The most important thing you can do to ensure the safety of your attendees is to ensure that no one actually has COVID-19. The best way to do that is by requiring proof of a negative COVID test or vaccination. You can request proof via email or in-person when they check-in. By requiring vaccination and negative test results, you can make sure everyone feels more comfortable at your event, from your attendees to your employees.
2. On-Site Health Checks
Another great option is to offer on-site screenings. This way, there’s no waiting period between their negative test and their arrival on-site. There are many companies that offer on-site testing nationally, such as TrueCare24, and some that service the greater NY and Tri State area, like MetroCovidTesting.
If you want to go a step further, companies like Healthe offer UVC222 devices that can be placed at entry points and outside meeting rooms. Guests walk through the device which sanitizes the person, their clothing, and belongings.
3. Masks are Mandatory
According to the CDC, masks are one of the best ways to stop the spread of COVID-19. They are also an easy way to ensure everyone on-site feels more comfortable. You can offer on-site PPE such as masks and gloves as well to make sure that anyone who does not have a mask or loses their mask has access. Masks are also a great opportunity for branding. You can create custom-branded masks with your logo, or you can use this as an opportunity for your sponsors to get their brand in front of your audience.
Source: Crooked Monkey
4. Sanitization Stations
Luckily the days of sanitizer shortages are behind us. As you plan your on-site experience, you should have hand sanitizer readily available throughout the space. There are also many options out there, from individual sanitizers you can place at each seat to touchless stands you can place all around the venue.
Sanitizers are another cool way to promote your brand or your sponsor’s brand. You can create custom logos and designs for both sanitizers and stations which is another COVID-friendly and useful giveaway for your attendees.
Source: Atlas Print Solutions
5. 6 Feet Apart
Social distancing will be one of the long-lasting changes to our daily lives. For on-site events, one of the biggest changes will be floorplans. No matter which seating you choose - rounds, classroom, U shape, or theater - you will have to take into account the distance between attendees. Where 8 people used to be able to fit at one round, you might want to limit it to 3 or 4 people at each table.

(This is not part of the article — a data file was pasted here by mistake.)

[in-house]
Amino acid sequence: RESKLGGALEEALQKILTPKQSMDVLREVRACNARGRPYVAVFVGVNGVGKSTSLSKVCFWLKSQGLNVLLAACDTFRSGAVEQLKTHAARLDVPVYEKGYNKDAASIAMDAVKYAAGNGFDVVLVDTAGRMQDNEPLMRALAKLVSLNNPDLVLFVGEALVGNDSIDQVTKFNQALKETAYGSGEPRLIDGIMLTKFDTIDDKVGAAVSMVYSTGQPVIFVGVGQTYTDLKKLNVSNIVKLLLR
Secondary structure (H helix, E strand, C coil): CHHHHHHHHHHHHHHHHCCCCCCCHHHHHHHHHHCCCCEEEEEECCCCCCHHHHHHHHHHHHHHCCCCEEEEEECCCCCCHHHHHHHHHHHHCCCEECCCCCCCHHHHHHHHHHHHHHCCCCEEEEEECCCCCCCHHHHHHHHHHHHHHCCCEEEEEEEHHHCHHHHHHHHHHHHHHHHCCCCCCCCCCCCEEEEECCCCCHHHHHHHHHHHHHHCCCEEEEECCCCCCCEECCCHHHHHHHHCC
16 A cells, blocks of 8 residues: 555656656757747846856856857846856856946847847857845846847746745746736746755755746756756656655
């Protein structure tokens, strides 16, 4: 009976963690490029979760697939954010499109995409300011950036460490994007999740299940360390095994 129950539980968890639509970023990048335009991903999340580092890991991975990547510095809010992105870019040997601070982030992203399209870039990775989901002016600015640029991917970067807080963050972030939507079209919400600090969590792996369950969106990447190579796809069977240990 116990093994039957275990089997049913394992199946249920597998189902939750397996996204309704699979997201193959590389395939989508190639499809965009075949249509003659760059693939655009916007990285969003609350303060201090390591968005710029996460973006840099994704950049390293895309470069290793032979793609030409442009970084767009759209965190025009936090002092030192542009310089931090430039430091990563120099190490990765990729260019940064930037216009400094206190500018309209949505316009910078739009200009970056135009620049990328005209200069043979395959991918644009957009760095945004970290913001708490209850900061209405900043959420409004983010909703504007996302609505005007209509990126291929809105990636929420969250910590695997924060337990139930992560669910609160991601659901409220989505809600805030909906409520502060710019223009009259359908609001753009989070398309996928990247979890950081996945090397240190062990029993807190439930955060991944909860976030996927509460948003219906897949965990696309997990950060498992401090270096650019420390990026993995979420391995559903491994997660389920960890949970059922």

Cort Events offers a great example of space planning by utilizing a 6’ to-scale grid to help you create a socially distanced floor plan. They even suggest a safe square footage per attendee to help you calculate how much space you will need to host a safe in-person event.
Source: Cort Events
In addition to your meeting format, you can plan strategic lounge and stage sets. By placing furniture intentionally, you make it easier for your guests to keep a safe distance apart without any guesswork.
Source: Cort Events
Common areas should also have enough space for attendees to keep 6 feet apart. For example, you can place stickers on the floor indicating where to stand at the registration area to help people stay a safe distance apart.
6. Designing Clean Spaces
Another way to ensure your guests have a safe on-site experience is to include increased cleaning measures and then communicate those measures to your attendees. Cort Events provides another great example of using green or red indicator cards to let guests know if a seat or area has been cleaned between uses. The more transparent you are with your cleaning and safety measures, the more comfortable your attendees will feel.
7. Contactless Experiences
Even those who are comfortable attending in-person probably want to avoid touching any unnecessary surfaces. Utilizing touchless technology will help you minimize the risk of spreading germs.
Consider offering touchless payment options on-site like Apple Pay to reduce physical contact with surfaces like screens that easily store germs. You can also create a contactless entry experience by using one of the many technologies that allow for digital scanning.
If you send out mobile or virtual tickets ahead of time, attendees can simply pull up the ticket on their phone and scan to enter. Another option is to use on-site badge printing which can be done in seconds and reduce the wait time in line.
8. Vendors, Sponsors, and Staff